WASHINGTON —Consumers picked up their spending in November, driving sales increases at specialty stores and general merchandisers, while department stores remained flat, according to the U.S. Commerce Department’s monthly report released Friday.

Sales at apparel and accessories stores rose a seasonally adjusted 0.8 percent to $21 billion, while sales at general merchandise stores, a category that includes discounters and department stores, increased 0.7 percent to $57.2 billion last month. Department store sales were unchanged for the month at $13.7 billion.

Consumers appeared to be spending some of the savings they have acrued from several months of lower gasoline prices and took advantage of earlier discounts institued by retailers in the run-up to Black Friday, according to economists.

“Consumers came out swinging in November in order to take advantage of the price promotions many retailers were offering just after Halloween,” said Chris J. Christopher Jr., director of consumer economics at IHS Global Insight.

Christopher said retail sales excluding autos and gasoline increased 0.5 percent in November after rising 0.3 percent in October.

“Many Americans are starting to use their pump price dividend at the mall or going out to eat,” he said.

But overall retail sales, which grew 0.2 percent to $448.1 billion, fell slightly below economists’ expectations for November, indicating a note of caution on the part of consumers.

Scott Hoyt, senior director of economics at Moody’s Analytics, said, “This was a strong report. It suggests inflation-adjusted consumer spending is continuing to lead economic growth, despite a seemingly disappointing topline [increase] of 0.2 percent.”

Hoyt said while consumer spending has been strong, the savings rate has also been trending up in the last few months, suggesting there is some degree of caution on the part of consumers, which is slowing the pace of spending.

“The stock market [turmoil and declines] and the lack of pricing power are clearly two of the biggest headwinds right now,” Hoyt said. “There is also still disappointing growth in wage rates, although there is evidence that is starting to change.”

One strong growth area continues to be that of online sales, Hoyt noted.

“The evidence suggests there are a lot of apparel sales moving [from stores] to online,” he said. “You are going to continue seeing that shift in apparel from stores to non-store retailers.”

Non-store, or ecommerce sales rose 0.6 percent in November and were up 7.3 percent on a year-over-year basis. Hoyt said the most recent Census Bureau report on the composition of non-store retail sales revealed that the fastest-growing segment of e-commerce sales was apparel in 2014.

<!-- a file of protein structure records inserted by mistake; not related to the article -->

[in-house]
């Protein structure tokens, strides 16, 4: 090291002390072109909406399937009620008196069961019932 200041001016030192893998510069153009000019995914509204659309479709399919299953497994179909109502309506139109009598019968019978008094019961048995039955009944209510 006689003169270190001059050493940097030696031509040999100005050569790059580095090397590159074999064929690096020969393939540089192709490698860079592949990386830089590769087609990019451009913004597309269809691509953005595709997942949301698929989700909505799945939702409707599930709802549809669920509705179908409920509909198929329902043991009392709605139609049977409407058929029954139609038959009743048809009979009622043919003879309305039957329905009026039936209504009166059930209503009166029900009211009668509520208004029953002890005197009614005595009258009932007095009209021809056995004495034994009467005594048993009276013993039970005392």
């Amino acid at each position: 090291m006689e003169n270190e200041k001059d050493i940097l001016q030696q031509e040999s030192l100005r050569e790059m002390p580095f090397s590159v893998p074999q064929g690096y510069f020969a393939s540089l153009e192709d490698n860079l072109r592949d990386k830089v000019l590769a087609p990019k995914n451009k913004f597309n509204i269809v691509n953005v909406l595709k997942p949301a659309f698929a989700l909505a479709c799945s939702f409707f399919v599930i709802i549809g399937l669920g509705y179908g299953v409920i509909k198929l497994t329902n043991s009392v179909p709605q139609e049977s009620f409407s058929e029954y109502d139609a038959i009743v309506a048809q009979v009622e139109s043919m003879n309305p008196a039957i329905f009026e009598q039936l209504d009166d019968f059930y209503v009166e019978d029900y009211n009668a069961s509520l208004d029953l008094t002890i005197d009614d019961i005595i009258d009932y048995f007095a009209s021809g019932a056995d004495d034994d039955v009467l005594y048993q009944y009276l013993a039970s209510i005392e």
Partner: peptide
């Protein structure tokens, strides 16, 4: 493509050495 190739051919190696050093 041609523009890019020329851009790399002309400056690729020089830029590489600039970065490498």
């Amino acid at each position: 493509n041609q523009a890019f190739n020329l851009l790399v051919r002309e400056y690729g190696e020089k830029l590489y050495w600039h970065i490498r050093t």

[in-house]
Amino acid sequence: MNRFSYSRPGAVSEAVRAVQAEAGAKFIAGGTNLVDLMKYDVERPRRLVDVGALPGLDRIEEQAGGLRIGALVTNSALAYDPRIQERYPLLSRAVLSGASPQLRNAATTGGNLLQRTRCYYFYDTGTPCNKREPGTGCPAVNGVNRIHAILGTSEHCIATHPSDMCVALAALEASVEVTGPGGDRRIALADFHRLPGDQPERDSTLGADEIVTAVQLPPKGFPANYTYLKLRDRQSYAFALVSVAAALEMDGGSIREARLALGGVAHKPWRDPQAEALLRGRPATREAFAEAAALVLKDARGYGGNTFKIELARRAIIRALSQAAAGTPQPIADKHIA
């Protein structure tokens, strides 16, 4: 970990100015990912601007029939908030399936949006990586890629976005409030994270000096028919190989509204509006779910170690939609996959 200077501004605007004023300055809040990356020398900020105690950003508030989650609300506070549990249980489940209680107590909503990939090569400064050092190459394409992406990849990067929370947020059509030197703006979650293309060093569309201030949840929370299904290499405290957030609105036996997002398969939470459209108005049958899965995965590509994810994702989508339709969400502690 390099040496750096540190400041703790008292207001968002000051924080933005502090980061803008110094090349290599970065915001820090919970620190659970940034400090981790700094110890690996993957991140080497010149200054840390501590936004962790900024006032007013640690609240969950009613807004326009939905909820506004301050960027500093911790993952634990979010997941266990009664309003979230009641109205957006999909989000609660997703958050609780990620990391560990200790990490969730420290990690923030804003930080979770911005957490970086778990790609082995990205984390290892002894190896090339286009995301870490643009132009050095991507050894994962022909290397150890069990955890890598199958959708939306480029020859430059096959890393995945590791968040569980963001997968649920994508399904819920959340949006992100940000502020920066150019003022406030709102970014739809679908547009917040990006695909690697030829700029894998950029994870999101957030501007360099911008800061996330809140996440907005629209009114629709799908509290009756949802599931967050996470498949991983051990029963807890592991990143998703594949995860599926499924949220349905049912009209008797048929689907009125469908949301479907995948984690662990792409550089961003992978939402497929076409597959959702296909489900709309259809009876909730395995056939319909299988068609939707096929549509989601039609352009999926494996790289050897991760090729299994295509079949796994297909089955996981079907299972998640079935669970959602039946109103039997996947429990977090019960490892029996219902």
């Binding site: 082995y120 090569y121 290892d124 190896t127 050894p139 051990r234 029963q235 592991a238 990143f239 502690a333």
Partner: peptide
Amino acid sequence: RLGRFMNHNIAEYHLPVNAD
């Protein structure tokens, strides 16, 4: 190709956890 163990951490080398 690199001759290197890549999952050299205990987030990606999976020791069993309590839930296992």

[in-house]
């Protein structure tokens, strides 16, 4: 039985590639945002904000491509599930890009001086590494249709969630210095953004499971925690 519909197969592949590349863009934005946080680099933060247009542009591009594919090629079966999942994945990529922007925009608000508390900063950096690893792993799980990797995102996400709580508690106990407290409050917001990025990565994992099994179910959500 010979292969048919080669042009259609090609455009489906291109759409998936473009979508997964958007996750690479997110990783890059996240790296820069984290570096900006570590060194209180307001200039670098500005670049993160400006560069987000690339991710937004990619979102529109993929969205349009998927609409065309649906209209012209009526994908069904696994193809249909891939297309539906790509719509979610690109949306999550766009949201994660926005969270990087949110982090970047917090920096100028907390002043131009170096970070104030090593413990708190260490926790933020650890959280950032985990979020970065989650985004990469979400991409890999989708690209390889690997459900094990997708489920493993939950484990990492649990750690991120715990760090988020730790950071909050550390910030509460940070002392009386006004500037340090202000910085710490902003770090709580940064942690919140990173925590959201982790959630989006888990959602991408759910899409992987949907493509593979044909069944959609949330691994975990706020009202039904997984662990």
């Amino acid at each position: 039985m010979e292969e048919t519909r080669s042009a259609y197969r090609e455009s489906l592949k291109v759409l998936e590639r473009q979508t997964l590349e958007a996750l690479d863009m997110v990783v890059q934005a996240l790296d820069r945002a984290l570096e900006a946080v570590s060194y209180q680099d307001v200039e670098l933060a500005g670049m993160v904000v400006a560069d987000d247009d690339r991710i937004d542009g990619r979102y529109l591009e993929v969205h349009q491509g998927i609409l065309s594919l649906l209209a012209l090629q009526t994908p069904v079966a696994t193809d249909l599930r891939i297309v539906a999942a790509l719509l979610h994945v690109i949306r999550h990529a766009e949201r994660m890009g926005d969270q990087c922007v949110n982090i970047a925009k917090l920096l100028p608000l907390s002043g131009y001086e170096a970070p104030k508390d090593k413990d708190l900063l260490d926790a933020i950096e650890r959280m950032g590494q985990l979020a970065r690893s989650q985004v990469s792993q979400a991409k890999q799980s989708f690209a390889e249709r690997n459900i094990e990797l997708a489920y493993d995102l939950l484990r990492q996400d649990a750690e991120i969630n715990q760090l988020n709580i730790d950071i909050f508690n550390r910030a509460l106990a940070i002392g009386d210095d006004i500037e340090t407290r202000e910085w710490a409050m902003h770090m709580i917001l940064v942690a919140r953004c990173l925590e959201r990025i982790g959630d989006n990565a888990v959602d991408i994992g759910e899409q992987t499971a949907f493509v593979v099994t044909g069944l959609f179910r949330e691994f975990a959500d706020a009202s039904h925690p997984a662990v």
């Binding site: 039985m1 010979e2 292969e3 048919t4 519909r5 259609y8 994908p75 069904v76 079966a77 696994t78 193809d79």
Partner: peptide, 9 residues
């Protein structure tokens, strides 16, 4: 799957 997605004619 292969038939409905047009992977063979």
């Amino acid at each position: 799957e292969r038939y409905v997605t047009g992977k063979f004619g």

Christopher said IHS is predicting “online holiday retail sales growth is likely to outpace last year’s growth, going from 10.9 percent year-on-year in 2014 to 11.7 percent this year. Last year, online holiday retail sales represented 13.7 percent of holiday retail sales, and this year that share is likely to be 14.7 percent,” he said.

Overall retail sales for the holidays are expected to increase 3.4 percent compared with last year, Christopher said, noting it is not as strong as last year’s growth, but still a “solid showing.”

“This holiday retail sales season is looking rather promising since consumer price inflation is modest, confidence is making a comeback, the stock market has stabilized, pump prices are falling and job opportunities are looking brighter,” Christopher said.

Moody’s is forecasting the holiday spending numbers will be in line with the last few years, “OK but not great,” Hoyt said.

“A bigger factor this year than in previous years is a lack of pricing power,” Hoyt said. “Excluding energy prices, prices at retail outlets have been declining on a year-over-year basis and that makes it more difficult for retailers to post strong sales growth.”

The decline in retail prices has helped consumers, according to Jack Kleinhenz, chief economist at the National Retail Federation.

“Consumers right now are getting great value for significantly less this holiday season given the deflationary environment that continues to impact overall trends in spending,” he said. “Additionally, the broadening of the holiday season, warmer-than-normal weather patterns and a shift in spending toward services remain the top challenges for retailers right now.

“All in all, the growth in November really does point to a healthy consumer who at the end of the day will help retailers see solid growth, despite the economic and environmental challenges,” Kleinhenz added.




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